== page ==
In 1930s Europe, economic depression and declining birth rates were frequently perceived in terms of ‘degenerate’ moral codes and cultural trends which justified the reassertion of strict regulation of the family and of sexuality, in order to promote fertility (Feldman and Clark, 1996).  In terms of effective state control this view found its most notorious expression in Nazi Germany but the subordination of women as a form of pressure to produce children has also occurred in the Soviet Union as well as in democratic states such as Britain and France.

Kaberi Gayen's picture

Feminist Responses towards Fundamentalisms and Neo-liberal Economy

This is the first installment of a six-part series, orignally posted at e-BangladeshThe next episode will be posted tomorrow.

Episode - One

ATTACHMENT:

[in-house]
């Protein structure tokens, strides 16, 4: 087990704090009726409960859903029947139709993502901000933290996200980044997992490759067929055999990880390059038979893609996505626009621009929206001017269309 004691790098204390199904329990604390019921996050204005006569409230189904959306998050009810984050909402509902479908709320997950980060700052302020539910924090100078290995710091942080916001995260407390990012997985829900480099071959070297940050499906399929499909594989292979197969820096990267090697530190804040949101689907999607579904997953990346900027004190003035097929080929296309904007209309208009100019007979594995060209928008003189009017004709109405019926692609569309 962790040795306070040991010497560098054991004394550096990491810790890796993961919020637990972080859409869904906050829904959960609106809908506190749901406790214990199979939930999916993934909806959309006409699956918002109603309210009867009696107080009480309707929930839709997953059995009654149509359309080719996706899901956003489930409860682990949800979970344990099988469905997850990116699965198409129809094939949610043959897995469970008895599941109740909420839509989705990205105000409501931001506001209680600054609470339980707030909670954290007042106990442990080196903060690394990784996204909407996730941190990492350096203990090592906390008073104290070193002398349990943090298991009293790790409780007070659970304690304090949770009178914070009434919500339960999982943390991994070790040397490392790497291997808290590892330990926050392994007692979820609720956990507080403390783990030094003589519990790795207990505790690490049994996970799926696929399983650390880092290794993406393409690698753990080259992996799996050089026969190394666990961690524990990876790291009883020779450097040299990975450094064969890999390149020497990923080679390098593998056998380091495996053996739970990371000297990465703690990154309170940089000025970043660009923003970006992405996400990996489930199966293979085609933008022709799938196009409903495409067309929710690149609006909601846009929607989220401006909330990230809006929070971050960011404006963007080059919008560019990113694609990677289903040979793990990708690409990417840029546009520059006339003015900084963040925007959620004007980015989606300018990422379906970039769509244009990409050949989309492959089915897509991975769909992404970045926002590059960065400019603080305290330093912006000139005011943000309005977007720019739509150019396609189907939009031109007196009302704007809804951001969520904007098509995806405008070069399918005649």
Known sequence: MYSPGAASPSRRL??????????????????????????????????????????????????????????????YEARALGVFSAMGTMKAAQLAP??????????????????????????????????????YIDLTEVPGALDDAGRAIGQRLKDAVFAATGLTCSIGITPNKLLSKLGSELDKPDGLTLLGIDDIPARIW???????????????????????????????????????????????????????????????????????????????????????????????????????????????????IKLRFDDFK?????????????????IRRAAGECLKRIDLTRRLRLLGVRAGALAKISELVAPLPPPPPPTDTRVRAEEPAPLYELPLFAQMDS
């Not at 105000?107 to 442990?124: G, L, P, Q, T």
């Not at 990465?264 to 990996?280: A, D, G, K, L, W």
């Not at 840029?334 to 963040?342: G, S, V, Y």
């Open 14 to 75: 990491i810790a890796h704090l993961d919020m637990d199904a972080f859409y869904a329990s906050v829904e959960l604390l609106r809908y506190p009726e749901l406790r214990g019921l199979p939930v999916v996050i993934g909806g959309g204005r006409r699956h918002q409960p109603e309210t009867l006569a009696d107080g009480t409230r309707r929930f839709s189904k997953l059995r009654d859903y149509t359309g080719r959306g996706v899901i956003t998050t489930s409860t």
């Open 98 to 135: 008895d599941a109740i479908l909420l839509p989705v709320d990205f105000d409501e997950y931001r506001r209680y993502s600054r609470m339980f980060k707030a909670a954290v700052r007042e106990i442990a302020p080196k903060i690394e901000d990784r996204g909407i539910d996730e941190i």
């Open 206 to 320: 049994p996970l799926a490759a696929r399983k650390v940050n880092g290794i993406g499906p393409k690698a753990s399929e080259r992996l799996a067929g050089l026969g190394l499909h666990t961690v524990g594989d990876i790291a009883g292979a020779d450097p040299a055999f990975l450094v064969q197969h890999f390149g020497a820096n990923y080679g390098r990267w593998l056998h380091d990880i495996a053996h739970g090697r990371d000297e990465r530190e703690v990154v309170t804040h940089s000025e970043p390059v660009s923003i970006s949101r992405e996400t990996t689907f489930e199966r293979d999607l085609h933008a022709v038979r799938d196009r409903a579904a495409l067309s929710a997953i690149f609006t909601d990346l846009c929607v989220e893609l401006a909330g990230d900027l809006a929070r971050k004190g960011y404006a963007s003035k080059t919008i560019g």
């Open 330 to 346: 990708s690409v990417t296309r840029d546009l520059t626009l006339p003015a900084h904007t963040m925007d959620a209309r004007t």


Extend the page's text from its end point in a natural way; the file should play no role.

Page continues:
This is the time of globalisation – globalisation of capital, thought processes through information technology and fundamentalisms. Women are the first victims of the globalisation of the ‘triumph of invested capital’ and they are the worst victims of religious fundamentalisms. But women issues are almost missing in the contemporary mainstream socio-economic, political and communicative discourses; the woman’s voice is scant in the ‘public sphere’. This paper presents a comparative analysis of eastern and western forms of fundamentalisms with an especial emphasis on the inbuilt male-centric components of hegemonic constructions of both the fundamentalisms and how the eastern and western feminisms are addressing these issues. The paper casts light on how in the era of overwhelming information revolution, the all-controlling, and patriarchal nature of fundamentalisms and capital wash away the marginal voices and widens the gap between hegemonic discourses and the participation of women as ‘others’ in that process. Unless the social control on the means of production as well as information can be established, this only being possible in a participatory democratic process, this marginalisation cannot be reduced. Therefore, this paper suggests that despite significant differences between various streams of feminisms in the eastern and western perspectives, women movements throughout the world demands a three-sided fight: against religious fundamentalisms, all powerful capital and for democracy .